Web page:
Old paradigms are changing rapidly in the airline hiring environment, so maybe this one will change soon, too, but just reporting what I've seen and experienced in the last few years.

E2CMaster
06-22-2017, 11:42 AM
My first year ISR was at a "Less than Reputable" ISR company (Avenge) that cut pay and rotation days, so it took the first year plus at L3 (good pay) to dig out of that hole.

Previous to Avenge I had been laid off three times in the preceding two years, so that's been a hole to dig out of.

I'm in the process of trying to build up a warchest to survive regionals like you did. Does take a long time to dig out a hole after burning all your savings and then getting into debt after being laid off a couple times.


Reserves are basically beer money. I'm in a unit with no planes and no money. So we get 48 Drills and 14 days AT, and not a day more. Guys I know in VR (C-130/C-40) squadrons can make well into the 30s just burning up their IDT drills, and AFTPs, and more if they go on orders.

I'm trying to get into a C-130 unit, but I'm senior as all get out so it's not likely, but I put a package in because I'm at least going to try to get in a C-130 or C-40 until I'm no longer legally allowed to try.

Brillo
06-22-2017, 11:58 AM
I don’t think there’s a stigma, no, but I think that it is not nearly as attractive looking on a former mil guy's application than regional training/experience is.

This is total speculation; I am just reporting what I’ve seen with a couple dozen guys over the last three years that I have known and watched make the choice to do one over the other. I made that choice myself (I retired from the AF non-current and in a desk job), and went to the regionals, spent a year there, and moved on to a current career gig at a major.

For some reason, the majors are valuing that 121 time substantially with military dudes who don’t otherwise have “hire me now!”-excellent resumes along with currency/recency.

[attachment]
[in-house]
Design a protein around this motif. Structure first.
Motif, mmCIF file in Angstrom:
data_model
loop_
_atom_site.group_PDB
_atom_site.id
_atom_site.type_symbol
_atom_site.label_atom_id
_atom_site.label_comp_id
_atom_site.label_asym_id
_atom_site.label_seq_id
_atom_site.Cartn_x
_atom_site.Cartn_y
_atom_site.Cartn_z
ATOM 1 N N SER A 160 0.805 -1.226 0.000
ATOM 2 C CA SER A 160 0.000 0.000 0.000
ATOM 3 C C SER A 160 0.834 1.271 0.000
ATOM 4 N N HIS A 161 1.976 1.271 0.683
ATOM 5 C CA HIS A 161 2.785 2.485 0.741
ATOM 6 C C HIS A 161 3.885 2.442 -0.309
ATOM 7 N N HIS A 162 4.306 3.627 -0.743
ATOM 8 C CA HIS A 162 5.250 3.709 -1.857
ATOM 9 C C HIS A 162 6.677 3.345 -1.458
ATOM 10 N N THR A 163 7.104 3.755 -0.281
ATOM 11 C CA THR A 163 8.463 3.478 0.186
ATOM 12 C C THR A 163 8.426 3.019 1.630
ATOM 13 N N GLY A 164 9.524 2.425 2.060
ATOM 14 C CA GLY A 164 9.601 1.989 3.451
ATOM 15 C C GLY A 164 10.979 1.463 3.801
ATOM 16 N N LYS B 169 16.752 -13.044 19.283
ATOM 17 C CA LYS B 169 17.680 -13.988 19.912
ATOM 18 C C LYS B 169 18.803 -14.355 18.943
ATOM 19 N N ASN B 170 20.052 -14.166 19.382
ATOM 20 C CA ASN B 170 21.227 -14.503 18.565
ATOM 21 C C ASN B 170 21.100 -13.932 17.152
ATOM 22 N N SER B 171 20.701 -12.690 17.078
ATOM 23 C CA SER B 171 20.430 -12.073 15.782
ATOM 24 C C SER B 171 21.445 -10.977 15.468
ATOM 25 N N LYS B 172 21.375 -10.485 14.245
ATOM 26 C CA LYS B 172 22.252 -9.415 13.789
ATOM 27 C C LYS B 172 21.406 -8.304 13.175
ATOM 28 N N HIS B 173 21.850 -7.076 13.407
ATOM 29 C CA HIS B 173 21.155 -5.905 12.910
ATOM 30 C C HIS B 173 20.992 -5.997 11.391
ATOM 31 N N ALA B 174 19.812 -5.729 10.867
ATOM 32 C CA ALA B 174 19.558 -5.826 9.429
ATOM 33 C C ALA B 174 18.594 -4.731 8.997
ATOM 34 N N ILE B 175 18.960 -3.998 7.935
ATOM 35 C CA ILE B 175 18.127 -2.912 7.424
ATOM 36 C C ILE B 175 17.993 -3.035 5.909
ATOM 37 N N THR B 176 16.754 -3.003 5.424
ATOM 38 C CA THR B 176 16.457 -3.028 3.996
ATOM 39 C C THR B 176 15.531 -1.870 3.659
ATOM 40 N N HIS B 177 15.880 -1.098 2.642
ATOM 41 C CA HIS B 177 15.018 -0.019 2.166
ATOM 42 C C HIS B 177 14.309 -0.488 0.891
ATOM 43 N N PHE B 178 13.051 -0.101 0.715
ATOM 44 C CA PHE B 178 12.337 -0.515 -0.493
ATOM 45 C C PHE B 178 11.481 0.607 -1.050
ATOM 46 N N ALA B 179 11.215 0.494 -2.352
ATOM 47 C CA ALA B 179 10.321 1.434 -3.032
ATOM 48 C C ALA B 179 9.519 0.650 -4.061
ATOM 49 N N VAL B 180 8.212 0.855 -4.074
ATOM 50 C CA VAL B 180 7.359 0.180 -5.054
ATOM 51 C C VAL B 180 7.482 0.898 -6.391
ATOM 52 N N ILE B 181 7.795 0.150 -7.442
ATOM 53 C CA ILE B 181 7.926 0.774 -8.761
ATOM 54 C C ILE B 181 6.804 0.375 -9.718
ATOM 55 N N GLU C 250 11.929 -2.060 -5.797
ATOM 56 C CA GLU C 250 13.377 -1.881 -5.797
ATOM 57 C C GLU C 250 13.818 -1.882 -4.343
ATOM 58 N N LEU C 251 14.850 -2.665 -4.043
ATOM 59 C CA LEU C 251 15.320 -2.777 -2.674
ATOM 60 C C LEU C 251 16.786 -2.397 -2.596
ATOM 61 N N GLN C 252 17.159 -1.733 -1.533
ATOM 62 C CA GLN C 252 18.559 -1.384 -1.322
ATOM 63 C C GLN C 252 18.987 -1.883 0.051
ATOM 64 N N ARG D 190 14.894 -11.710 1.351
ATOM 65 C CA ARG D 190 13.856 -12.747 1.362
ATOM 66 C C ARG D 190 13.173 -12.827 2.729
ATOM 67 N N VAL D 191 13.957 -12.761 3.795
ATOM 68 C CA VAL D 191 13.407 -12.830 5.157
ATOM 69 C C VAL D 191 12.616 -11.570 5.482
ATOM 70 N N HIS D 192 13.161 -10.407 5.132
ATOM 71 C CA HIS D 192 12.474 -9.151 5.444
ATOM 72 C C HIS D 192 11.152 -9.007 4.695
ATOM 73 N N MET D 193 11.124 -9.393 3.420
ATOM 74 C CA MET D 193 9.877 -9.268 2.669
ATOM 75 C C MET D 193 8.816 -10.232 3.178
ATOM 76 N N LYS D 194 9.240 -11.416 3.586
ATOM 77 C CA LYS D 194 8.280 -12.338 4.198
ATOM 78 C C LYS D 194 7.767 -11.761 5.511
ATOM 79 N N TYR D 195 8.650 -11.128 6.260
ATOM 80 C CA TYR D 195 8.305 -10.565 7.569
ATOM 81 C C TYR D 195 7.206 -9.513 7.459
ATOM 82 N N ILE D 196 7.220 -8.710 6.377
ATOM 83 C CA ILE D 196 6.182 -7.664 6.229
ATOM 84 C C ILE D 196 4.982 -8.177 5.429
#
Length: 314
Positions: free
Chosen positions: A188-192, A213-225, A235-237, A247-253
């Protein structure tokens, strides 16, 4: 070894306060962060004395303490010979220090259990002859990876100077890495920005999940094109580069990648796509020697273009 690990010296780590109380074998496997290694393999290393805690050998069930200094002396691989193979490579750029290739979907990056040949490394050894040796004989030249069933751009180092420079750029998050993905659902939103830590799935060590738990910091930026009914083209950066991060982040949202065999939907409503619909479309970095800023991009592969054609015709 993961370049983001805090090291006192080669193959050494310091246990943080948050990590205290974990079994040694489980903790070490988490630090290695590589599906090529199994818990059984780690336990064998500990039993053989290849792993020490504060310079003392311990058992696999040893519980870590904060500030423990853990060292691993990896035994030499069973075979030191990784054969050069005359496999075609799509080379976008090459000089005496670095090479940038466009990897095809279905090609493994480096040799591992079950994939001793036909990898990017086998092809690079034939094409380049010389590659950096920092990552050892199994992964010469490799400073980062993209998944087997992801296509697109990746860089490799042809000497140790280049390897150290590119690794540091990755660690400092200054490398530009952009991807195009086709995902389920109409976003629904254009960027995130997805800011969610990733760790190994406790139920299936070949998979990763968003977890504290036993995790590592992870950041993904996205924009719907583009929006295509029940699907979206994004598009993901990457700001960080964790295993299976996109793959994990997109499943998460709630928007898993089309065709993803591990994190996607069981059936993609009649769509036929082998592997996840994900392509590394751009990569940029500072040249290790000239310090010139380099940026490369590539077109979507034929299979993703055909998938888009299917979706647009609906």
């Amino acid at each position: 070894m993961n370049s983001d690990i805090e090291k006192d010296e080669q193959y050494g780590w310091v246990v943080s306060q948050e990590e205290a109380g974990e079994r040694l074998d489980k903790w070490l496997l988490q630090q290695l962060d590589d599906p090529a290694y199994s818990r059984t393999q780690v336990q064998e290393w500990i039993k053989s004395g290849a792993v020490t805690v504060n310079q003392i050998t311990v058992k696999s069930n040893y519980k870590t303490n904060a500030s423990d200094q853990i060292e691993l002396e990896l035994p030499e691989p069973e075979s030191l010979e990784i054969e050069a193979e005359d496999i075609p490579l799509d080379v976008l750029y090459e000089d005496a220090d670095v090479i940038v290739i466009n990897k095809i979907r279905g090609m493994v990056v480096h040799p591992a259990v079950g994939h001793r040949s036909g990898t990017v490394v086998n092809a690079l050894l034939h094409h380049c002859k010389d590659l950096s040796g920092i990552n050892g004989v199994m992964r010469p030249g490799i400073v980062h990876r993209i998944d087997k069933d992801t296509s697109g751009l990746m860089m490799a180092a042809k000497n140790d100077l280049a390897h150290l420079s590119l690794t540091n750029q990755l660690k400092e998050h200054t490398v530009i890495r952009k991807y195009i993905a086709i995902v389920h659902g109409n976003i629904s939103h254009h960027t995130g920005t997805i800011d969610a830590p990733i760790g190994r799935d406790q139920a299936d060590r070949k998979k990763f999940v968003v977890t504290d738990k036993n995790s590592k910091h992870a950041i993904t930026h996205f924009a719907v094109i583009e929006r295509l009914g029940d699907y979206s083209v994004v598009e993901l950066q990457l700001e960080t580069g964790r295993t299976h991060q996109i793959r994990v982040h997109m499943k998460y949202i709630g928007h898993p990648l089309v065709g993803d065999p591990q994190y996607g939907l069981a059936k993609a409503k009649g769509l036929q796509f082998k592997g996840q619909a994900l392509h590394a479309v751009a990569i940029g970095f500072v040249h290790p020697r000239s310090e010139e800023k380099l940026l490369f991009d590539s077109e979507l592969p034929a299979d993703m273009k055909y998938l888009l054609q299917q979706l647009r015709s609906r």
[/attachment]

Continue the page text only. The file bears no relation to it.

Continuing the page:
I know for certain that there is the “able to succeed in a 121 training program” factor with the majors liking to see regional time. Unfortunately military flying doesn’t acutely match the 121 flying environment and we’ve all read/heard horror stories about “that guy” who was hired straight from the military and doesn’t learn/adapt to the 121 world well and is generally both a nightmare for the training department and the Line Check Airmen. Having a 121 training cycle on a former mil guy's application pretty much eliminates that question in the interviewer's mind.

My pure speculation is that there’s a not-so-small “humble enough and dedicated enough to a career at the airlines to swallow their pride and go to a regional” factor involved, too. There’s some purely anecdotal evidence for this, that it shows the airlines that you can stow your rank and turn-and-burn flying experience in the map case and be a happy, functional, safe crew member with a 25-year-old regional Captain. We know from most of the “military vs civilian” threads here on APC and the YouTube videos like the former F-15 F/O hung up on the checklist ("Logbook....") that such prejudice exists, and that this ego piece is a concern for the airlines hiring military dudes. I was certainly asked about it at more than one airline interview, and I'm sure my demeanor in answering the question was a barometer on my attitude and ego.

There are even previous mil dudes who have been able to mend big black marks on their flying regords with time at the regionals. I personally know guys with multiple Q3s (not sure what you Navy guys call checkride failures, but that's a USAF checkride bust), guys who have crashed airplanes and been found at fault, guys who have been grounded by FEB/FNAEB, guys who have Art 15s (Captains Mast for the naval types) or other punishment, etc, and who the majors initially wouldn't touch because of that stuff on their application. All of those guys I know of went to the regionals for 12-24 months, and are now on to major airline jobs within 2 years.